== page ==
When working with clients, part of our website planning process is developing a sitemap for the website that we’re creating for them. This allows us to review what our client’s current content is – determining what we have available and what we and/or our client need to create for a new website. It, along with our defined user journey, provides us with a blueprint for how each individual website is created and is an integral step to creating a strategic website.
Site Architecture, Sitemap and Website Navigation – What Is It?!
These terms can often be thrown around and intermixed by those who don’t work in the industry, and while they are all similar, they are also quite different. In the grand scheme of things, site architecture informs the sitemap which in turn informs the website navigation. Each are important parts of creating a website and are very tightly integrated with each other. But what do these terms actually mean and how exactly do they interact with each other?
Website Architecture or Information Architecture is the overall way that relevant content is organized in a logical manner – typically in a way that makes things as easy as possible for users on your website. It looks at all website content types and categories, defines how it interacts with each other, and creates a logical layout of a website that is inline with business requirements.
A sitemap looks at each individual page and defines where within the above website architecture it belongs.
And then website navigation defines the actual interface that users will interact with – so defines the top level navigation, and what subpages there are for each of the navigation areas on your website.
Why Does Structure Matter?
The structure of your website should be organized in a way to make it as easy as possible for someone coming to your website to find the information that they’re looking for. The general rule of thumb is that someone shouldn’t have to click more than 3 times in order to find information, and with a well-organized website that shouldn’t be difficult to accomplish. The easier your website is to find information on, the longer a visitor is going to stay on your website.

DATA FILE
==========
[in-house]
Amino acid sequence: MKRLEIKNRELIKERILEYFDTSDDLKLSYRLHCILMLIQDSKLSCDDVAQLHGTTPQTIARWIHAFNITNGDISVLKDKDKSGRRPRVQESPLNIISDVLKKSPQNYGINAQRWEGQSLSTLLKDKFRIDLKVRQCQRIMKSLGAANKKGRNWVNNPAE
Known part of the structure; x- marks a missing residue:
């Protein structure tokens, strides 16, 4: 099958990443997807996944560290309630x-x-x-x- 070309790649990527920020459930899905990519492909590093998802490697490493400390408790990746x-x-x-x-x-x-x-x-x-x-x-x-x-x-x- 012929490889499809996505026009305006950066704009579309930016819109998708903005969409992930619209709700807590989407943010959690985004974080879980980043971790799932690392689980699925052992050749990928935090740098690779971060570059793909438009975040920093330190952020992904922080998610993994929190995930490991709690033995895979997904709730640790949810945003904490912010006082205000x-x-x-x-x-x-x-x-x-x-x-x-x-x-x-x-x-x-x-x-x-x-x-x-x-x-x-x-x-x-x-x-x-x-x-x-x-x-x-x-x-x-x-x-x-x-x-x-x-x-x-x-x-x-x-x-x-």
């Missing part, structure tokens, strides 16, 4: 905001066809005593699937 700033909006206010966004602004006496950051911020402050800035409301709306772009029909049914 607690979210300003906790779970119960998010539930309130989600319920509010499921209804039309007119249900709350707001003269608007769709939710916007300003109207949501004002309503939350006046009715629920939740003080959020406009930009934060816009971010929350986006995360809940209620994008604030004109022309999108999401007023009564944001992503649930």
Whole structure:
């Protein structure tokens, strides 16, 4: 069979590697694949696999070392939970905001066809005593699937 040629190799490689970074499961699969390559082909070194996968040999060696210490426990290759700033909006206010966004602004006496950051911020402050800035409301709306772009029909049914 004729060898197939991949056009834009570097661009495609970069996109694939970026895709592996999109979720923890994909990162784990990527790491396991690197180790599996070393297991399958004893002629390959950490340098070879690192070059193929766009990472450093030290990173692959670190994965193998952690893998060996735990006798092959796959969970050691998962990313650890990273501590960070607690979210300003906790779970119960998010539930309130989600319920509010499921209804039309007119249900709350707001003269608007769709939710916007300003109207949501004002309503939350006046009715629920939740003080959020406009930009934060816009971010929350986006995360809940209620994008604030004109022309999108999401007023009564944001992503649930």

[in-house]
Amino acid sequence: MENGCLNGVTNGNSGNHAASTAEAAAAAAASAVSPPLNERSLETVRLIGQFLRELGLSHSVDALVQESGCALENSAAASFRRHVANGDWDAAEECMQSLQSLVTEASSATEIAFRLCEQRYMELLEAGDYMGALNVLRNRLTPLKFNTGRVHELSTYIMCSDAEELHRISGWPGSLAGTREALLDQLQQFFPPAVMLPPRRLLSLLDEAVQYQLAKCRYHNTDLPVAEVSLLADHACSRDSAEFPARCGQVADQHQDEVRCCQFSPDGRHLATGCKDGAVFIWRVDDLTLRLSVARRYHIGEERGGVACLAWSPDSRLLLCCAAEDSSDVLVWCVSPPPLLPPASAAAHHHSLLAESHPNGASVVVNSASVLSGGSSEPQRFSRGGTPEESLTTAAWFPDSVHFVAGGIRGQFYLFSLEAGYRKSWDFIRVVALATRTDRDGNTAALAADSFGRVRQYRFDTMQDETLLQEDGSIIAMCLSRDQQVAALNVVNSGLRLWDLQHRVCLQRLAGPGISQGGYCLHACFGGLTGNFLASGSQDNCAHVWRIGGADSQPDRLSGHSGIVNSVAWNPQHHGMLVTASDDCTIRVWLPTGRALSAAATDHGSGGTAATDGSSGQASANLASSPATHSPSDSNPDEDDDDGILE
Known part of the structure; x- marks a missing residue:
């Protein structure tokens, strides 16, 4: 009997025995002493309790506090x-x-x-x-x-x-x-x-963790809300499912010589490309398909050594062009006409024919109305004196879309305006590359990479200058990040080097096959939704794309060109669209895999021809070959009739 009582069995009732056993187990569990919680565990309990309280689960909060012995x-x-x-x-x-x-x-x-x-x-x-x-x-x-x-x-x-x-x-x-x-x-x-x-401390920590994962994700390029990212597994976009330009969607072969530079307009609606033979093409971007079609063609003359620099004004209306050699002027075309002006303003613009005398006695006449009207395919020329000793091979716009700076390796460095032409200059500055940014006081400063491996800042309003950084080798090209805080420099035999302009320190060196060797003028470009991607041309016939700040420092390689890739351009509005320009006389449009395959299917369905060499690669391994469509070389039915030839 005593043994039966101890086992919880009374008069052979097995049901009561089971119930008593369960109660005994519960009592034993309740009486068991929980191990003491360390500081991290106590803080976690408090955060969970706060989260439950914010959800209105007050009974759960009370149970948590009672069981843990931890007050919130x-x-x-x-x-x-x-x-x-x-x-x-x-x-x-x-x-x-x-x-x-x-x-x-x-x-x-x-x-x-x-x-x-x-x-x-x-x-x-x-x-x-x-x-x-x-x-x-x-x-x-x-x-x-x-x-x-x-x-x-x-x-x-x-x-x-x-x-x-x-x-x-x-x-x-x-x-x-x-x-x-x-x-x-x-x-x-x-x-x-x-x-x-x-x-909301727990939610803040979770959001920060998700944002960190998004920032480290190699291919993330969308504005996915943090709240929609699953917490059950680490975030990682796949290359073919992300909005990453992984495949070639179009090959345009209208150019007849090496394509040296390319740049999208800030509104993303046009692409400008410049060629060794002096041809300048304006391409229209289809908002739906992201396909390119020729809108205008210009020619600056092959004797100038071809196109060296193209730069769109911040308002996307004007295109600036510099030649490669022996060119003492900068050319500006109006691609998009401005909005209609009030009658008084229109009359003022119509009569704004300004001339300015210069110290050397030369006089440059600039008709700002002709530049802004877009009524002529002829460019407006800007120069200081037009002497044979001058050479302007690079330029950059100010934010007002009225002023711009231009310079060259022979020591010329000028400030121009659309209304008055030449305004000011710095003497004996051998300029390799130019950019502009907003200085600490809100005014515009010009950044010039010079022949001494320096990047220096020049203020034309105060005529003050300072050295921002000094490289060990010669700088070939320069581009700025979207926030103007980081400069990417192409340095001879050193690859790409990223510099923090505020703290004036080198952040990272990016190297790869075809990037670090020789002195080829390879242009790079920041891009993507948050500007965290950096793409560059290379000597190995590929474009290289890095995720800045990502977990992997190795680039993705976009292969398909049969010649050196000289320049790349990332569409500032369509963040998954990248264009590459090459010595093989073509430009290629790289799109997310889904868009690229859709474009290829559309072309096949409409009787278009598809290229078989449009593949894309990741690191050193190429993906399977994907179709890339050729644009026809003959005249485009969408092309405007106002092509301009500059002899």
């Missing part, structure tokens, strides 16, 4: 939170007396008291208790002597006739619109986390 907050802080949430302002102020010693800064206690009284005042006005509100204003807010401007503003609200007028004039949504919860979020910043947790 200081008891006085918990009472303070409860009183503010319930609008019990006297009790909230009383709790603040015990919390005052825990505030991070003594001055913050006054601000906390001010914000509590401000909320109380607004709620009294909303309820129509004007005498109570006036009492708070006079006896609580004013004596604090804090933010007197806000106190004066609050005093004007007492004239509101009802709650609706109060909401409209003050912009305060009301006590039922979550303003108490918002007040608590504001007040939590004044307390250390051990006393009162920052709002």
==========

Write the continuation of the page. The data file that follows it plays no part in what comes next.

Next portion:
How We Define A Sitemap For Your Website
One of the initial stages in our design process is defining a sitemap because it helps frame the entire design process, and prompts our clients to really think strategically about their website. We have found that this helps at the beginning of the process to eliminate back and forth revisions after the design and developing stages, but it also helps us get to know our client and our client’s industry.
So what do we do when we create a sitemap for our clients?
- First, we define website goals. Knowing what your goals are, and knowing what call to actions you are including on your website, will help categorize content in a way that drives users to your goals.
- Define Categories For Your Content. These categories can be anywhere from “About Me” to “Our Store” to “Grooming Your Dog” (or any other category of information that would be relevant to your website visitors). Between 5-7 is the sweet spot for content categories.
- Evaluate All Current Content. Take a look at every single piece of content that you have on your website, in addition to all content that you may have in marketing materials, financial statements, etc – anything that you may want to include on your website. Look at what is good as is, what needs to be adjusted, and what can be fully scrapped from your website.
- Organize All Current Content Into Your Categories. Take all of the good and needs-to-be-adjusted content from the step above and place it all into the different categories you had previously defined.
- Determine Missing Content. This stage is extremely important to do ahead of the design stage if you’re working with a website designer or developer to launch your website as you’ll be able to create the content while they’re working on the website design and development.
And that is how we develop a sitemap for our website projects.